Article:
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Bangkok - 22 Mar 2023

News Number: G/04/2023

Asian elementary schoolgirls and female teacher building robot in science class

iStockphoto/Zuraisham Salleh

Key findings snapshot:

  • At the midpoint towards the 2030 target year, the Asia-Pacific region has reached only 14.4 per cent progress needed to achieve the 17 Sustainable Development Goals.
  • Based on current trends, the region will take another 42 years to reach the goalpost.
  • The region will miss 90 per cent of the 118 measurable SDG targets by 2030 unless efforts are multiplied.
  • The strongest progress in the region has been made on affordable and clean energy (Goal 7) and industry, innovation and infrastructure (Goal 9). Climate change (Goal 13),
    however, continues to regress and must be given priority to reverse negative trends.
  • Although data availability for the SDGs has doubled since 2017, data remain insufficient for 51 out of 169 targets.



The United Nations has lauded countries in the Asia-Pacific region for demonstrating an ongoing commitment to sustainable development despite facing unprecedented recent challenges such as intensifying climate change, health crises and geopolitical conflicts.

The Asia and the Pacific Sustainable Development Goals Progress Report 2023 issued today by the United Nations Economic and Social Commission for Asia and the Pacific (ESCAP) spotlights several heartening evidence-based national initiatives such as reducing child marriages in India, increasing the rate of births attended by skilled personnel in Timor-Leste, improving the processing of identity documents for Afghan refugees in Pakistan, and a Clean Air Plan to tackle air pollution in Cambodia.

However, this year’s report also warns that at the midpoint mark, the region has only achieved 14.4 per cent of progress needed. At the current pace, Asia and the Pacific will miss 90 per cent of the 118 measurable SDG targets by 2030 unless efforts are multiplied.

“While there are impressive national accomplishments across the 17 Goals, none of the countries in the region are on track to reach them and overall achievement is much lower than anticipated for the midpoint,” underscored Armida Salsiah Alisjahbana, United Nations Under-Secretary-General and Executive Secretary of ESCAP.

She added, “In developed and developing countries alike, persistent data gaps remain. Governments must renew their commitments to producing relevant, timely, granular, high-quality information to monitor and review the march towards the SDGs.”

In 2022, the areas of greatest progress for the Asia-Pacific region were affordable and clean energy (Goal 7) and industry, innovation and infrastructure (Goal 9). Progress towards achieving Goal 7 was largely driven by achievements in access to electricity and international support for clean and renewable energy, while there was little progress in the share of renewable energy consumption. Progress towards achieving Goal 9 was driven by successes in mobile network coverage and total official flows for infrastructure development in the least developed countries.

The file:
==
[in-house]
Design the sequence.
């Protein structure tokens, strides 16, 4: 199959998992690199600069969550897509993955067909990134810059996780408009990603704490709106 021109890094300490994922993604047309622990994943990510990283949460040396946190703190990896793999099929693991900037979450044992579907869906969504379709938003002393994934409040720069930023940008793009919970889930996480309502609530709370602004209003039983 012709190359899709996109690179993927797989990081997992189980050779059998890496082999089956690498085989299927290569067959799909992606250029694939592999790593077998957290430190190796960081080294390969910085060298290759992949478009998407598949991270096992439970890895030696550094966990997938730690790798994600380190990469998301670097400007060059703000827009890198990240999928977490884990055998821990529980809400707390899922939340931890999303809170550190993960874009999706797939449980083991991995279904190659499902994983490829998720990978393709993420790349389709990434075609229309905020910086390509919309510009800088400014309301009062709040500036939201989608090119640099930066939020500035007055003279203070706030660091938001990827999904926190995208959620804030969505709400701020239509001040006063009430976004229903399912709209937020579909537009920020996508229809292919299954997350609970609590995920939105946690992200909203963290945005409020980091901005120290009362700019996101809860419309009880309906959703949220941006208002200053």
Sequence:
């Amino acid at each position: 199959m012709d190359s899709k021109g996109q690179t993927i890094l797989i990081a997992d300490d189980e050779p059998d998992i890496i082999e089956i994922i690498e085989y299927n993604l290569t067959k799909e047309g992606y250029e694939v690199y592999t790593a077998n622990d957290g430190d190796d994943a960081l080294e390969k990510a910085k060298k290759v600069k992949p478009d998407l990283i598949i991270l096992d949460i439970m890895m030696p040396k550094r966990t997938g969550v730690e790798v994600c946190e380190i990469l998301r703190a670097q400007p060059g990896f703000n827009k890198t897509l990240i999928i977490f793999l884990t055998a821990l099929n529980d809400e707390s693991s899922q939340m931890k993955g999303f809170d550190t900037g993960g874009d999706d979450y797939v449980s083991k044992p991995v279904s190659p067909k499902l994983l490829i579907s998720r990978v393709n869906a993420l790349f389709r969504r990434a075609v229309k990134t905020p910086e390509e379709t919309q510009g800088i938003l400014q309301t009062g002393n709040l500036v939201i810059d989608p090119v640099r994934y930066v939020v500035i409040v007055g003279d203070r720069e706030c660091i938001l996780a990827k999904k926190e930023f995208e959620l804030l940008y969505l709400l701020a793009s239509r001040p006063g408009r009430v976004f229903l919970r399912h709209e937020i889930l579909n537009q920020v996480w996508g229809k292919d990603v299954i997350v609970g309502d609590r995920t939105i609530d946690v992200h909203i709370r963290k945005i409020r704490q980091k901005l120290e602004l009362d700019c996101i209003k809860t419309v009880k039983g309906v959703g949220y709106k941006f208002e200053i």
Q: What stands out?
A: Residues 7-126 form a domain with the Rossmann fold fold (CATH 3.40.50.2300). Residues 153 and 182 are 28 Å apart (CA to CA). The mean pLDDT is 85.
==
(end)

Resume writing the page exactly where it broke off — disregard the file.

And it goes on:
However, progress towards climate action (Goal 13) is slipping away. The region is both a victim of the impact of climate change and a perpetrator of climate change, with a responsibility to reduce greenhouse gas emissions. Countries are not on track to achieve greenhouse gas emissions reduction targets. The region is also regressing on Goal 13 owing to the increase in deaths and missing persons attributed to disasters.

While there is enough data for countries to act with greater ambition on the implementation of the SDGs, data availability for evidence-based follow-up and review remains a significant hurdle in implementation of the 2030 Agenda. The report notes significant data gaps in Goal 5 (gender equality), Goal 14 (life below water) and Goal 16 (peace, justice and strong institutions), each with less than 30 per cent sufficient data available.

An annual flagship publication, in partnership with seven other UN agencies, the Asia and the Pacific SDG Progress Report 2023 uses the latest data for global SDG indicators to determine where additional effort is needed in the region and where momentum for future progress is building. This year’s report provides further analysis on COVID-19 impacts on sustainable development, the progress in countries with special situations as well as recommendations to bridge data gaps.

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